Following the European Data Protection Board (EDPB) announcement of its third Coordinated Enforcement Action (CEA) on ‘Subject Access’ in October (see our update here), as anticipated, the EDPB has now published its results (the Report) on its second CEA, ‘the role of Data Protection Officers’.

To briefly recap, the Coordinated Enforcement Framework (CEF) was set up by the EDPB in 2020, with a view to streamlining enforcement and cooperation amongst Supervisory Authorities (SAs). The aim of the CEF ultimately is to facilitate coordinated actions and investigations on a particular subject. To date, only one other CEA investigation has taken place, which related to the use of cloud services by public bodies.

The EDPB’s second CEA investigation – the role of Data Protection Officers

The second CEA was selected by the EDPB in September 2022, titled ‘the Designation and Position of Data Protection Officers’. Throughout 2023, across the EEA, SAs conducted an investigation into the role of Data Protection Officers (DPOs) (the Investigation). The Investigation began with the SAs drafting a bespoke questionnaire (Questionnaire) for processors, controllers and/or DPOs to complete. The Questionnaire was sent to 61,962 recipients of which 17,490 responses were received. The responses informed the recommendations (including key points for attention) for the Report.

The key challenges (and recommendations) recognised in the Report are as follows:

   Challenge  Recommendation 
1) Absence of the designation of a DPO, even when mandatory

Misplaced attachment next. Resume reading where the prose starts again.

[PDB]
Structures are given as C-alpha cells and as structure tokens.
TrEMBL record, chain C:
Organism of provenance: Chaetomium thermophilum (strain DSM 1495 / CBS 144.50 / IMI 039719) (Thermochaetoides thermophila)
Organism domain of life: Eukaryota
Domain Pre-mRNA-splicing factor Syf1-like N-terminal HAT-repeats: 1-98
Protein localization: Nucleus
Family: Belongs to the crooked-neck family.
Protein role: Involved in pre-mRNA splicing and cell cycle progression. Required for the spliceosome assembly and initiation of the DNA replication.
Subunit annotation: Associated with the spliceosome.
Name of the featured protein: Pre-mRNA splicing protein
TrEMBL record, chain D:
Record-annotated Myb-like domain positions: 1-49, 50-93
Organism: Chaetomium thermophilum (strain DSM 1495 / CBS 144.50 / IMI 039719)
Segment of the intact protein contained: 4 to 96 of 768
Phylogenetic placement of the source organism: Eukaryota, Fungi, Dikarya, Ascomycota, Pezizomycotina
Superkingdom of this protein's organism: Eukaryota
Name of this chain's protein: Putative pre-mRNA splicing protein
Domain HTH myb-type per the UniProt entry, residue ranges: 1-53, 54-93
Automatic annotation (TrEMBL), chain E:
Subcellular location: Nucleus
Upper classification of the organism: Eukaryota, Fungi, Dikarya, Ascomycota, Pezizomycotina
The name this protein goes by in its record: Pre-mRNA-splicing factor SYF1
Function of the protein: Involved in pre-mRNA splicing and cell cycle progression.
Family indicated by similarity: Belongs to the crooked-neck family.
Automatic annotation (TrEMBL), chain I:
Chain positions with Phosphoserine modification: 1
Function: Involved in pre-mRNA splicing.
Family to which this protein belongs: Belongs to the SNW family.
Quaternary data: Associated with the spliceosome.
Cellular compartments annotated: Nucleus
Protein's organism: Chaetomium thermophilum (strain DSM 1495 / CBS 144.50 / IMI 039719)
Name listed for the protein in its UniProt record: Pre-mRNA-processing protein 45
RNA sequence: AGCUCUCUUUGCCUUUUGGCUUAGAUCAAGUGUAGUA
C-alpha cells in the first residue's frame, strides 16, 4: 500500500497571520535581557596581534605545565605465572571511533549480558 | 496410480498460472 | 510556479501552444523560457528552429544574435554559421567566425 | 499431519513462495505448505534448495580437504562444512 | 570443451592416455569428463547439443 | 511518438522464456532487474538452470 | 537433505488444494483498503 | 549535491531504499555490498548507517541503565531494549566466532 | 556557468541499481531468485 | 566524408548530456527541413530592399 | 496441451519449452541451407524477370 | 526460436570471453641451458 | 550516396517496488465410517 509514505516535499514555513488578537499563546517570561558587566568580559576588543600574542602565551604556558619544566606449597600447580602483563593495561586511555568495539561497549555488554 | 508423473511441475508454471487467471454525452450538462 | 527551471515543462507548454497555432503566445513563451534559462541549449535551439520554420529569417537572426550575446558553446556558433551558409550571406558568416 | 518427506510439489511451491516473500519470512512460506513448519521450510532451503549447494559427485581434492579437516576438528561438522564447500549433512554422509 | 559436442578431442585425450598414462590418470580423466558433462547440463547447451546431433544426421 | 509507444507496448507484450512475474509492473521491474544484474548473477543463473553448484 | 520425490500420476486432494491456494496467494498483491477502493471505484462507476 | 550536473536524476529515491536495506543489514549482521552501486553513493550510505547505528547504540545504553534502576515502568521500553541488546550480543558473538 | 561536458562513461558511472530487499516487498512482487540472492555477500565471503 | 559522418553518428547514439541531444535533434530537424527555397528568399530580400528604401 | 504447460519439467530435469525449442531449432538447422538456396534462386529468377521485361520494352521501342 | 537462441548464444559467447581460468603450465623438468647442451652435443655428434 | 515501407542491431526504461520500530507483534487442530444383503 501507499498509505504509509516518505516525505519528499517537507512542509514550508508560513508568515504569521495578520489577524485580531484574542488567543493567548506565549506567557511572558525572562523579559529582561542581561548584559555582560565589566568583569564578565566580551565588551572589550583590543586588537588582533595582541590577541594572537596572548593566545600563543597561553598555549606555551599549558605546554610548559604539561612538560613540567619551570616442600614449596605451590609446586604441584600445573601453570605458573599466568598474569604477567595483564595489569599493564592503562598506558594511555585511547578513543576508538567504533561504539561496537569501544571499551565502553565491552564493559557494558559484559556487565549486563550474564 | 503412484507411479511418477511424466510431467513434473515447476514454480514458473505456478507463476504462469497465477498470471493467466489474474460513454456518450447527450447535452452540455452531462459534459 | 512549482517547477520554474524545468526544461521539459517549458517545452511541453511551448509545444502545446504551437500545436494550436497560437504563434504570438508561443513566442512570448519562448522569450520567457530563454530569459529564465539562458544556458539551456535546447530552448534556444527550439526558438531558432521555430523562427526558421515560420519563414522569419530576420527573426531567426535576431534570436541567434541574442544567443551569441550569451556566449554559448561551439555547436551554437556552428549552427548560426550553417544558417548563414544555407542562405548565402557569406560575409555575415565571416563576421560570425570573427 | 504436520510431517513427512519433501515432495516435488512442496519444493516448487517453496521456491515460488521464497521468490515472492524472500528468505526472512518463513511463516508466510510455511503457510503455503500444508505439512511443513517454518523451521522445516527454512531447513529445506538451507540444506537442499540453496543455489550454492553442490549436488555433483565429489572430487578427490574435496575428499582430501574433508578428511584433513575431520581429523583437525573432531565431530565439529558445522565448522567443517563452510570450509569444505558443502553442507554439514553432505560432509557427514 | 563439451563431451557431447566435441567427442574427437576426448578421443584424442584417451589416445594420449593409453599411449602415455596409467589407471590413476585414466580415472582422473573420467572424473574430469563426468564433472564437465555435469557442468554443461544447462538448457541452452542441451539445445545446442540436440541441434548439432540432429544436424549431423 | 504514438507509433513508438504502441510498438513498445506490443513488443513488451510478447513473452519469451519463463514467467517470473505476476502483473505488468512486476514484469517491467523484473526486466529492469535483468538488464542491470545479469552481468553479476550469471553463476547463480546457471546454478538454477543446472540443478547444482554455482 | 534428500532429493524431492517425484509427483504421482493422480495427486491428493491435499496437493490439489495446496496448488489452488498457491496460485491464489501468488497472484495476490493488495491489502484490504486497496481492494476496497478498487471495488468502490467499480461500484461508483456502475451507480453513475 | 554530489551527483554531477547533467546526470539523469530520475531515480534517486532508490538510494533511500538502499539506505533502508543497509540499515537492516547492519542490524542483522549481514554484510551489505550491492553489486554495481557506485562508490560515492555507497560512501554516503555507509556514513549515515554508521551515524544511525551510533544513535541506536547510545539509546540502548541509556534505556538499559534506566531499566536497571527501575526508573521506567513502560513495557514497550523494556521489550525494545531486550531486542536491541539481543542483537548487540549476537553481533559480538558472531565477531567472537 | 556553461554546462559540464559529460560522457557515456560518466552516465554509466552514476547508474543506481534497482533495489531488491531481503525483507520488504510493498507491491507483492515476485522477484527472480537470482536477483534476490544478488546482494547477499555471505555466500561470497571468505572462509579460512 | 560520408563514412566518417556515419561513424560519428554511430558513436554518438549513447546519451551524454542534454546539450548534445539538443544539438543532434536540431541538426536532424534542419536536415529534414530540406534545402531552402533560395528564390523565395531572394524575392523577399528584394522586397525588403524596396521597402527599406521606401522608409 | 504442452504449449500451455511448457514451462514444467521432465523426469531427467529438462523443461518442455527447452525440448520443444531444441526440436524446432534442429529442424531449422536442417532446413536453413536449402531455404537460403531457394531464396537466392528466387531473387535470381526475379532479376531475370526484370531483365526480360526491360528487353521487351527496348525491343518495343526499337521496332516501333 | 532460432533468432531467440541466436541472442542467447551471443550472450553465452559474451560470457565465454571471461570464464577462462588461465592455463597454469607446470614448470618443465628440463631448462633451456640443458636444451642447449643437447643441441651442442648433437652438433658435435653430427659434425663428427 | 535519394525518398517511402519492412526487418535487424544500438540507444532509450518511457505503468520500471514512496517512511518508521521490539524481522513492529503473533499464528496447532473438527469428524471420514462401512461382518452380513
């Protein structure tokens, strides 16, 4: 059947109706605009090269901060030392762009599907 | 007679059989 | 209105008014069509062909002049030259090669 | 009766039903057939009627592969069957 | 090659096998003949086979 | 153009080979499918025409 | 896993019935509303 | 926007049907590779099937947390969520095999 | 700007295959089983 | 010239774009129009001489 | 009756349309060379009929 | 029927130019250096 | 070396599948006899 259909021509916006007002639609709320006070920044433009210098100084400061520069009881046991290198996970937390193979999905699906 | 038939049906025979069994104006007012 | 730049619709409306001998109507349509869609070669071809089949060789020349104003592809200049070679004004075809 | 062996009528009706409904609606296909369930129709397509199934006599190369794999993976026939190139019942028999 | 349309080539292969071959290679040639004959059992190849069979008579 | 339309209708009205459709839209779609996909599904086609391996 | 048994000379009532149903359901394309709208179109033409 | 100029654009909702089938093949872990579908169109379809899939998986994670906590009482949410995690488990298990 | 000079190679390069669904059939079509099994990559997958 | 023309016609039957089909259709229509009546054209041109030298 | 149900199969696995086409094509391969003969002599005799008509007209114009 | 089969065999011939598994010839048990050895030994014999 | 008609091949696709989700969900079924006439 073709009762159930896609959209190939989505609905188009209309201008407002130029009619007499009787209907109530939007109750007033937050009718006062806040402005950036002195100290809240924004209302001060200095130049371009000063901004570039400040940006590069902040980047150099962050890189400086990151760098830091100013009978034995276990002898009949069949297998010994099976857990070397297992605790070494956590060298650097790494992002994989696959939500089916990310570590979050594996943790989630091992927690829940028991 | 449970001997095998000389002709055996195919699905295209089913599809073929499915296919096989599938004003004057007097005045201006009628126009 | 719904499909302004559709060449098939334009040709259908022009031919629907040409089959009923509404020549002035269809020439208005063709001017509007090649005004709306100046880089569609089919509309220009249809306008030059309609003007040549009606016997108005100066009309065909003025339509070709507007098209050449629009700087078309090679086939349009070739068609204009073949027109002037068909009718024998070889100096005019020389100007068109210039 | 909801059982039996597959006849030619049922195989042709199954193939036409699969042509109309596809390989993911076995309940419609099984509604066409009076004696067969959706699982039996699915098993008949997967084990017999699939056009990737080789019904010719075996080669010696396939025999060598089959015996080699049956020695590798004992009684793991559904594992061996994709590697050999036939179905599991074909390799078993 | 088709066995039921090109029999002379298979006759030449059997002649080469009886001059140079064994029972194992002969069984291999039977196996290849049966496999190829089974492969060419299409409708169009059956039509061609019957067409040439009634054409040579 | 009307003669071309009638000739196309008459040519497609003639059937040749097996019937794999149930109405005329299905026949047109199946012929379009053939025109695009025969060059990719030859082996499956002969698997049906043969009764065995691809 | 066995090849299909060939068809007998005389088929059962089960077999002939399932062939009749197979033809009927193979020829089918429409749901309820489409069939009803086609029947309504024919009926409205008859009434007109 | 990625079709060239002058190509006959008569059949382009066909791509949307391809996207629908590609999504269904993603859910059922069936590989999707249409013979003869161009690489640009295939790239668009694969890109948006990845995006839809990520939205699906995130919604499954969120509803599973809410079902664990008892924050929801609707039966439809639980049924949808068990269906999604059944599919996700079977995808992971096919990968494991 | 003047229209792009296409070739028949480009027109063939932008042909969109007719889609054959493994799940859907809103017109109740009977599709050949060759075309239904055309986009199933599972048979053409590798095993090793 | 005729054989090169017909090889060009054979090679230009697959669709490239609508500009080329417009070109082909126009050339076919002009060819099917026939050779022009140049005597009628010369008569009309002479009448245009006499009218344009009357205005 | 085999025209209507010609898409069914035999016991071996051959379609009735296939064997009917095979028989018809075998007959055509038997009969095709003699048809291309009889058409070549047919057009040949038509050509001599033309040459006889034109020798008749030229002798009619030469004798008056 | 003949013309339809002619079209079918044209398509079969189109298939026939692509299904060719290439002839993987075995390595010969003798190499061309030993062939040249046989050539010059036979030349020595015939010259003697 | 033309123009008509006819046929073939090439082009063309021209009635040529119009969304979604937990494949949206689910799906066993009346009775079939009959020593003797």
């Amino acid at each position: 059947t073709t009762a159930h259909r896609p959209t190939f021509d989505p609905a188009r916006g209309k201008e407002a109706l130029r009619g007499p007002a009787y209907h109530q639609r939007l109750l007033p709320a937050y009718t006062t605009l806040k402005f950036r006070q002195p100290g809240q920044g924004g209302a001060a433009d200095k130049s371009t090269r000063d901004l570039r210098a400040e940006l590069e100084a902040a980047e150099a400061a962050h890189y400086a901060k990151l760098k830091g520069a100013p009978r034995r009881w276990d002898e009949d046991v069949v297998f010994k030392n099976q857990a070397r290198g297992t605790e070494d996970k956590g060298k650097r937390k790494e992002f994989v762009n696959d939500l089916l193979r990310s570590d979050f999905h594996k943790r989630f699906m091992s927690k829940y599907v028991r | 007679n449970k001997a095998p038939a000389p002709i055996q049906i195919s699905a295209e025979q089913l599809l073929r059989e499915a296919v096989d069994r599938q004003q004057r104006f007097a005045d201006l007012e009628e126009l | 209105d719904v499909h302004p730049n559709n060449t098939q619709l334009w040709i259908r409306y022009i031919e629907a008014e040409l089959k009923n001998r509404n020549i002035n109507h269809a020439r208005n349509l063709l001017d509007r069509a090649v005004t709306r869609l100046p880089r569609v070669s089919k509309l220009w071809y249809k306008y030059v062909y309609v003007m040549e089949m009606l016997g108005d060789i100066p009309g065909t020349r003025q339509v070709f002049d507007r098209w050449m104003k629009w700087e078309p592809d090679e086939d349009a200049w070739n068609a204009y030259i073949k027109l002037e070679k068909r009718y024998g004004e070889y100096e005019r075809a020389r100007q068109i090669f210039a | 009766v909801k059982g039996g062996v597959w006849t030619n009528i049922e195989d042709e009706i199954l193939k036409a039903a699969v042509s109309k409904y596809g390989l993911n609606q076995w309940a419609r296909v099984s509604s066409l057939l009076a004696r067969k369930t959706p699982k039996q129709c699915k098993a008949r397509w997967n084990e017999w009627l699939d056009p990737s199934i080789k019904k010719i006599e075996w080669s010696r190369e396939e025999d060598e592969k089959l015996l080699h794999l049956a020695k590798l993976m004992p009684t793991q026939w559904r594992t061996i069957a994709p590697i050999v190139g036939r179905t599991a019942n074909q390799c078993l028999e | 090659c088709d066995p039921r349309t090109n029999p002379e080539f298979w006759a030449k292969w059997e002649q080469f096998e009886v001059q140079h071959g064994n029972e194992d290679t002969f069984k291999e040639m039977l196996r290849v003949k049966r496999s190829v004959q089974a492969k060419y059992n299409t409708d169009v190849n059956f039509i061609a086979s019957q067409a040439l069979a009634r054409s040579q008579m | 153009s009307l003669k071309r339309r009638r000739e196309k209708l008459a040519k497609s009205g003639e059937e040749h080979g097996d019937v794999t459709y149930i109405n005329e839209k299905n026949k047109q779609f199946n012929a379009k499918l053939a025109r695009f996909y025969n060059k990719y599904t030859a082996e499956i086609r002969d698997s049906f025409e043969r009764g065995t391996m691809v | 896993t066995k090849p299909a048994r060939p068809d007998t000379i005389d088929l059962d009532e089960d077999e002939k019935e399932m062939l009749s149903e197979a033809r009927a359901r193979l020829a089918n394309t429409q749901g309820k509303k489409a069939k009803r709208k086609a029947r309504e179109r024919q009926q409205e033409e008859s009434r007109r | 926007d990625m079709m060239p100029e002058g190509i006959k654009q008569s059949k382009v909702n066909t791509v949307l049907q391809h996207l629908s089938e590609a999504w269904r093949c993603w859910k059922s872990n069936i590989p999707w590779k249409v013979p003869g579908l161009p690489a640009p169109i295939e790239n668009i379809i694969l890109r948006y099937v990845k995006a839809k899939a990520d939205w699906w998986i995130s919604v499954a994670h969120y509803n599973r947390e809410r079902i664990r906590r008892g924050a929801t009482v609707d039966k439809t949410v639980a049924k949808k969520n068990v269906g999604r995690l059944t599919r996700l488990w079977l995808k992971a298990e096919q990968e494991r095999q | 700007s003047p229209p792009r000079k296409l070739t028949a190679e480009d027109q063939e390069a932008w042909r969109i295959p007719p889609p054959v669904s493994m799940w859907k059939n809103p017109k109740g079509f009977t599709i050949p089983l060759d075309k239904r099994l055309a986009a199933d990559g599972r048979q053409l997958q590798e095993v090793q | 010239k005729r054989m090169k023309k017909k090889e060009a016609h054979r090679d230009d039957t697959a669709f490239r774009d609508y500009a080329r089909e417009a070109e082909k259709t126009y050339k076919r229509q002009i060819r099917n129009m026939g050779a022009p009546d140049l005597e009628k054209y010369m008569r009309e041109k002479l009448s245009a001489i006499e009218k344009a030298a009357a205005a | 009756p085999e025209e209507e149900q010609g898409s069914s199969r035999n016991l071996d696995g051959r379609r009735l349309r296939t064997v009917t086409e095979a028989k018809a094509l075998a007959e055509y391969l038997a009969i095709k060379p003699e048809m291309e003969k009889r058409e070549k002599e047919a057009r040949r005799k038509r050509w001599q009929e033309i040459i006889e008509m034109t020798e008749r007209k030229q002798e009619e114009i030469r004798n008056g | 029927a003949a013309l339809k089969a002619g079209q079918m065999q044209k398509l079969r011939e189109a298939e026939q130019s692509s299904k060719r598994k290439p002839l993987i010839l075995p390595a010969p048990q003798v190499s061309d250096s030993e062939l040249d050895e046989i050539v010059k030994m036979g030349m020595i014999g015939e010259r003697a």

Most respondents had appointed a DPO. However, the results show that some organisations had not appointed a DPO, even though they were required to do so under Article 37(1) GDPR (designation of data protection officer). Based on the results, it is likely that a common misconception amongst public sector organisations is that Article 37(1) GDPR does not apply to them.


Awareness amongst organisations of their DPO requirement (i.e., whether one is required, or not), needs to be improved.  The Report recommends that SAs promote existing and further guidance to raise awareness on the requirements.


2)  Insufficient resource allocation

Where organisations had successfully appointed a DPO, the Report highlighted concern surrounding the availability of resources to fulfil the DPO role, recognising the requirement under Article 38(2) GDPR that DPOs are provided with adequate resources.

The apparent lack of deputy DPO appointments cited in the Report raises concerns that (a) DPOs may be burdened with additional tasks over and above what is reasonable, and (b) the longevity of compliance is at risk, as there is no cover for annual or sick leave. This may ultimately lead to mandatory tasks specified under the GPDR being neglected.

The Report recommends that controllers and processors perform a documented evaluation of what resources the DPO requires, on a case-by-case basis. Following the evaluation, they should then verify that the DPO has the appropriate ‘resources to properly exercise their functions’.